Though the San Francisco district attorney recalled by voters on Tuesday admitted past mistakes, without identifying what they were, he mainly pointed the finger elsewhere. "The right-wing billionaires outspent us three to one, they exploited an environment in which people are appropriately upset, and they created an electoral dynamic where we were literally shadowboxing," Chesa Boudin told supporters, per the San Francisco Chronicle. Voters "were given an opportunity to voice their frustrations and their outrage and they took that opportunity." There's something to that. Below, we unpack what happened:
- Declining arrest rates: As the Chronicle reports, the liberal reformer was a "scapegoat for frustrations over crime." He argued his office could only bring charges "when police make arrests." And the San Francisco Police Department's arrest rates have been on the decline for some time. The department "solves fewer crimes despite larger staffing per city resident and costs per area patrolled" compared with other state jurisdictions, according to a report from the Center on Juvenile and Criminal Justice.
- Public perceptions: A report by Mission Local found Boudin charged people at a higher rate than his predecessors, but sent more people to diversion programs, as explored in an upcoming documentary. (The film also will address Boudin's famous mother.) Overall crime hasn't increased over the last two years, though the homeless crisis, anti-Asian attacks, and smash-and-grab robberies may have "worsened people's perceptions of the crime rate," per Vox.
- The drug problem: Critics drew particular attention to drugs. Boudin's office didn't secure a single conviction for dealing fentanyl—a drug "inextricably linked to other crimes," last year, despite a slew of overdose deaths, while focusing "more on treatment than imprisonment," writes James Hohmann at the Washington Post. He argues the recall is "the latest wake-up call for Democrats, who have lost the public's trust on criminal justice."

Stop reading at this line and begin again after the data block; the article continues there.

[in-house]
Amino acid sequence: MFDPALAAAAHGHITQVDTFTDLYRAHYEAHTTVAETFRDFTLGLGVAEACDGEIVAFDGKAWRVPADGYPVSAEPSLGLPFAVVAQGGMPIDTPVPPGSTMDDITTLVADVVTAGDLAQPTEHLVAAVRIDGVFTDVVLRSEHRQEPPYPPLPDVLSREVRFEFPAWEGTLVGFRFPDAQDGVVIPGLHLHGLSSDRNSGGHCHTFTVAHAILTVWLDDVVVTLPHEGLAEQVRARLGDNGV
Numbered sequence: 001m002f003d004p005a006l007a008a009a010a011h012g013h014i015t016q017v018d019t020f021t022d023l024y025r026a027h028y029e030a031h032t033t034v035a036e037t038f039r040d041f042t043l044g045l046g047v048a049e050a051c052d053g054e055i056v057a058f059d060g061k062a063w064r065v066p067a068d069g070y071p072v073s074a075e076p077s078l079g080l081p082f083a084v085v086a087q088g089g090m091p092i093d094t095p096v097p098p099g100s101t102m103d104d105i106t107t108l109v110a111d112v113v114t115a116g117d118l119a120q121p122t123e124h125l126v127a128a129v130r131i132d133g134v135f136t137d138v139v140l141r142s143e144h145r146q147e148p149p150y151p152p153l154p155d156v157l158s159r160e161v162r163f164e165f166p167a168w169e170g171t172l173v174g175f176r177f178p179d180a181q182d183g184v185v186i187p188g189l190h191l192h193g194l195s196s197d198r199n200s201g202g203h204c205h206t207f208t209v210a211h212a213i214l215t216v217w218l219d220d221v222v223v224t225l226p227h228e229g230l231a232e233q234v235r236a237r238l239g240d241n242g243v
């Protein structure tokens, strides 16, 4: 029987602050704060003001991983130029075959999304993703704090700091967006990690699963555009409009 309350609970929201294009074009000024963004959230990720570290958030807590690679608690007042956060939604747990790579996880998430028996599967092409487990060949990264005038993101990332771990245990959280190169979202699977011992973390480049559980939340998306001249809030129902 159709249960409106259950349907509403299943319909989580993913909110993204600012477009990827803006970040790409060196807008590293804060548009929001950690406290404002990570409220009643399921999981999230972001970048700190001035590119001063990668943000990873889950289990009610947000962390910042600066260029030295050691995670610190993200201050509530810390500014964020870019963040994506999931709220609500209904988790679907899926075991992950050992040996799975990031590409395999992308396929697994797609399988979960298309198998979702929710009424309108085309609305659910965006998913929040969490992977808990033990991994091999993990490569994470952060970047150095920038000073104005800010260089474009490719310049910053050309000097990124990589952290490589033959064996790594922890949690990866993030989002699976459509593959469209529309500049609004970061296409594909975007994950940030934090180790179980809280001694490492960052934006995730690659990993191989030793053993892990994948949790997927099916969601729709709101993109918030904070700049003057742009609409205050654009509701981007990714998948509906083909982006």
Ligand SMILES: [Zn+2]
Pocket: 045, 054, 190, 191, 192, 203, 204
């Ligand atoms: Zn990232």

- Voters draw a line: But "many high-profile recall proponents went out of their way to say they support criminal justice reform, but oppose Boudin's methods," per the Chronicle. Per the San Jose Mercury News, the recall doesn't mean California voters are turning more conservative. Rather, it signals voters "will support gun safety laws and police reforms, but if they perceive a breakdown in order and a risk to their own safety, they will draw a line."
- Potential replacements: All three candidates Mayor London Breed is considering to replace Boudin—District 2 Supervisor Catherine Stefani and former prosecutors Nancy Tung and Brooke Jenkins—"present themselves as more tough on crime than Boudin," per the Chronicle. That seems to mesh with Breed's plan to increase the police budget—a turnabout from 2020 when, in the aftermath of George Floyd's murder, she proposed taking money from police to fund social programs.
- Not necessarily a fix: This represents a broader trend among Democratic politicians nationwide, experts tell the Chronicle. "But California jurisdictions with tough-on-crime prosecutors have some of the highest crime rates in the state, so a move toward incarcerating more individuals is not likely to be a cure-all for problems voters are most concerned about."
- A bad sign for Democrats: Whatever the outcome, the recall indicates "storm clouds are on the horizon" for Democrats, per the Mercury News. Only one in four registered voters is thought to have voted Tuesday. And "when turnout is low, older, whiter, more conservative voters make up a larger percentage of the electorate than younger, more diverse voters who tend to vote more Democratic."
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